And that lie can get fucked. It’s poison, and each generation gets it hard coded into them and I’m sick of it. The past needs to savage the present, it should be what drives us to our stolen dreamlands, not be reduced to the lullaby chant at bedtime. I want to walk till my feet bleed, and listen to every future getting born, and make this place be what it needs to be.

I have literal dreams of this city, of the future it will be made of. In those dreams, the sun rises and I’ve never seen more blood red light in my life; the buildings are jagged and black, and they belong to us all, above roads that have become canals and studded with hidden codes in streetlight patterns. And I wake up so happy, because if you can imagine something huge and terrifying and so, so good, then it’s already started to arrive.

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Built Things Times and Places

Down and Up

Station platform: meeting people or leaving or arriving, it all feels so sharp. I can’t be there without remembering the times I set off, filled with fear (I have a phobia of travel) and exultation (paradoxically, I love seeing far away cities). Or arriving back alone again, save the ghosts of Sunday night. The times I met people (I can never find the right platform or the right door on the train). The times I said goodbye (I never knew, but some of those times were forever).

Once, about thirty years ago, the rivers came out of nowhere and the tracks became canals. In those days, I used to go the Leadmill, and god knows that this is a cliche, but before it was its current form, when it was largely funded by the local authority, and had a teak clad TV in the bar that we used to watch Blind Date on at about 8PM with the bouncers. It was a bit of a family type thing back then. So when the river rose here in the cellars too, it felt like a personal attack. My warm and oddly homely drunk space, normally cigarette warm, was suddenly dank and altered. If teenage Saturday night wasn’t safe, what was?

Clawing dark and dirty waters. Old words that they repeat, each year, a daughter or a son.

The river is hidden below the station. There are tunnels and passages down there, Victorian arches, sometimes cathedral high, sometimes too low to move in any way other than a crawl. And the rivers, many of them shifting and mixing below the streets, below platform five.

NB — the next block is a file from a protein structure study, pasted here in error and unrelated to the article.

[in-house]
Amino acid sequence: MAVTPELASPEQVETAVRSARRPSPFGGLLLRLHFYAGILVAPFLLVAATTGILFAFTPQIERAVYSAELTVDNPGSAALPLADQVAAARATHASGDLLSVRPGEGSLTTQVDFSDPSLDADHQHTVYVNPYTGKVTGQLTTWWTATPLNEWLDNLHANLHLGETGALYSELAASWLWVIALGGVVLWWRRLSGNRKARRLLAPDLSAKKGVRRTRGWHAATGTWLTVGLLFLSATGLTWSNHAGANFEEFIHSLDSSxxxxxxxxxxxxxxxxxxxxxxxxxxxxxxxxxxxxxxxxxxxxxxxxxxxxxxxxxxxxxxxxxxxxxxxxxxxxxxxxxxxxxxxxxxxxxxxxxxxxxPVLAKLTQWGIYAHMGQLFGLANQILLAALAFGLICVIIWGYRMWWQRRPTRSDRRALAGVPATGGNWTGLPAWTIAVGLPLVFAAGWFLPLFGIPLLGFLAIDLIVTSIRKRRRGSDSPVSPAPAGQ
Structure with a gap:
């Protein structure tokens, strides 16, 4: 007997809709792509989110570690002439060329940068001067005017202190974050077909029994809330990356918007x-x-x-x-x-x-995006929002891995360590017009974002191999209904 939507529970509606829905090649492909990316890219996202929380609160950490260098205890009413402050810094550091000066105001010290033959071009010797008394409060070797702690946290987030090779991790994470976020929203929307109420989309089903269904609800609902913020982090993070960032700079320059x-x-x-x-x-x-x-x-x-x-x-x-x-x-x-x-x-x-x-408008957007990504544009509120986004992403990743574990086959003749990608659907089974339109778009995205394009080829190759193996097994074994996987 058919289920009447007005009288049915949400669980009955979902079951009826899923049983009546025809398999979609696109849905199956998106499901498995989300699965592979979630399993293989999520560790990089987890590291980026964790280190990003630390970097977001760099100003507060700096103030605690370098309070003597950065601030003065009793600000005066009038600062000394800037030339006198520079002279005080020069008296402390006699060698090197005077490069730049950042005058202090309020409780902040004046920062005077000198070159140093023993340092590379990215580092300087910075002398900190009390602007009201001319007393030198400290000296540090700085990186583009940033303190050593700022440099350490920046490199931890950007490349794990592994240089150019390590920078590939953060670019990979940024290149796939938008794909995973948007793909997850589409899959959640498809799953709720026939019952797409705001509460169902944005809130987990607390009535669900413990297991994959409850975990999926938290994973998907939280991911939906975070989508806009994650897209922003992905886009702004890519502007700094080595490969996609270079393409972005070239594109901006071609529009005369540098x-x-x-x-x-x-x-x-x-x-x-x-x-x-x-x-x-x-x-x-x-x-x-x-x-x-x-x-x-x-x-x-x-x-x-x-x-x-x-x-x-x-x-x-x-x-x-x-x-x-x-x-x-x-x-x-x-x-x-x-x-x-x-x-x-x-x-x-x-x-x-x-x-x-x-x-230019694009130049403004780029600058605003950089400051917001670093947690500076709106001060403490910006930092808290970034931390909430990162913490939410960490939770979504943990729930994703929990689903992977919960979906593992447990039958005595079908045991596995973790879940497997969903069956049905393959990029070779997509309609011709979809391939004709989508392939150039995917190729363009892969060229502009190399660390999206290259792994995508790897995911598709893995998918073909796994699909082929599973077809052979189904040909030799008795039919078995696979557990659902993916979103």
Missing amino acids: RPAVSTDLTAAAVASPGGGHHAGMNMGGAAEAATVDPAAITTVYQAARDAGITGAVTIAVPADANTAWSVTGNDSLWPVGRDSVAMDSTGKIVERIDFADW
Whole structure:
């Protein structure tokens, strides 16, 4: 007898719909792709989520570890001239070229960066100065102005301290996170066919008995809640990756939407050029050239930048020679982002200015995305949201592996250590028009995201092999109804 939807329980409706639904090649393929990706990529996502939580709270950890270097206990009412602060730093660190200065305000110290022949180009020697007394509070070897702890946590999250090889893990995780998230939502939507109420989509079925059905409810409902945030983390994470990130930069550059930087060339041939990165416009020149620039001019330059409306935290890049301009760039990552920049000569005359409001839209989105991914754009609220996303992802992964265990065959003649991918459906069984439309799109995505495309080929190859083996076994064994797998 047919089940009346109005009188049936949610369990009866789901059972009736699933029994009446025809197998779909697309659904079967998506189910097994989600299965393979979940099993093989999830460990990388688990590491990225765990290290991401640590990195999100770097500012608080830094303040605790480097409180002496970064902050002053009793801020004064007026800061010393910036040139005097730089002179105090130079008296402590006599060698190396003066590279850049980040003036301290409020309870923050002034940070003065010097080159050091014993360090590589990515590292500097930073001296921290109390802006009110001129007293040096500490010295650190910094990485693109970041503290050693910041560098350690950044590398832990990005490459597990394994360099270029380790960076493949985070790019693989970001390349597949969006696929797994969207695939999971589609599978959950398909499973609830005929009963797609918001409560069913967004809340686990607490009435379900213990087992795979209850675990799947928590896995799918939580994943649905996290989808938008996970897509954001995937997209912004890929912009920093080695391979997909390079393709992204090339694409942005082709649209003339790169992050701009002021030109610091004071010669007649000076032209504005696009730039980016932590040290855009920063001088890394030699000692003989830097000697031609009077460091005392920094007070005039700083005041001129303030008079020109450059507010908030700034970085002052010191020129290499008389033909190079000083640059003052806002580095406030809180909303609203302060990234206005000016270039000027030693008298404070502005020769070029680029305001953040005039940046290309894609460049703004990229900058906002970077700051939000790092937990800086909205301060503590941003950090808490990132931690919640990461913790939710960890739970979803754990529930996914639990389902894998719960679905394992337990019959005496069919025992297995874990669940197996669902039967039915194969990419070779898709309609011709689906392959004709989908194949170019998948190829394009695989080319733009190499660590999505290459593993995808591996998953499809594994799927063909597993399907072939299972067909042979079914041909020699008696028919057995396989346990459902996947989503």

Fragments of the city catch there, in the dark. Half a pair of scissors, an electric iron, a toy car, a number plate, a twisted length of lead. Some of them get placed deliberately upon little ledges, ornaments for the bats and pale ghost crayfish. Some of them wash up on altars shaped by the current, the islands that form in the odd burst of daylight, green scrabbling for a grasp on the day, odd scarlet weeds highlighting, as though the mud and patchy grass were text, lost language of the undercity.

I live almost as high as one can live here. Up the hill where it snows before anywhere else. There’s a high mast here, a transmitter pylon that you can see from the other side of the valley, from miles away, a landmark. The sheer mountain weight between here, at the cold electrical height and the river cathedrals down below, the enormity of it, the stories that space has consumed over thousands of years. They used to call this place the Winds of Heaven (advertising campaign for the houses nearly a century ago). Air and Water, elemental balance, yet even here, as high as you can get, there’s a spring, breaking the ground, contained under iron plates, but loud and making its way back to the wider, faster waters, haunted as they are by time and ruins and memory.

There’s no point to any of this, except that there are springs and rivers and tunnels and pylons, and the wind on the hillside, and bats below the earth, and, now and again, little weird found families, and goodbyes at the station and joyous all encompassing greetings that burned with love and friendship and the need to just hold all our people really close, just for a moment, because all these things are true, true as old city stone in the dark, truest stories of all.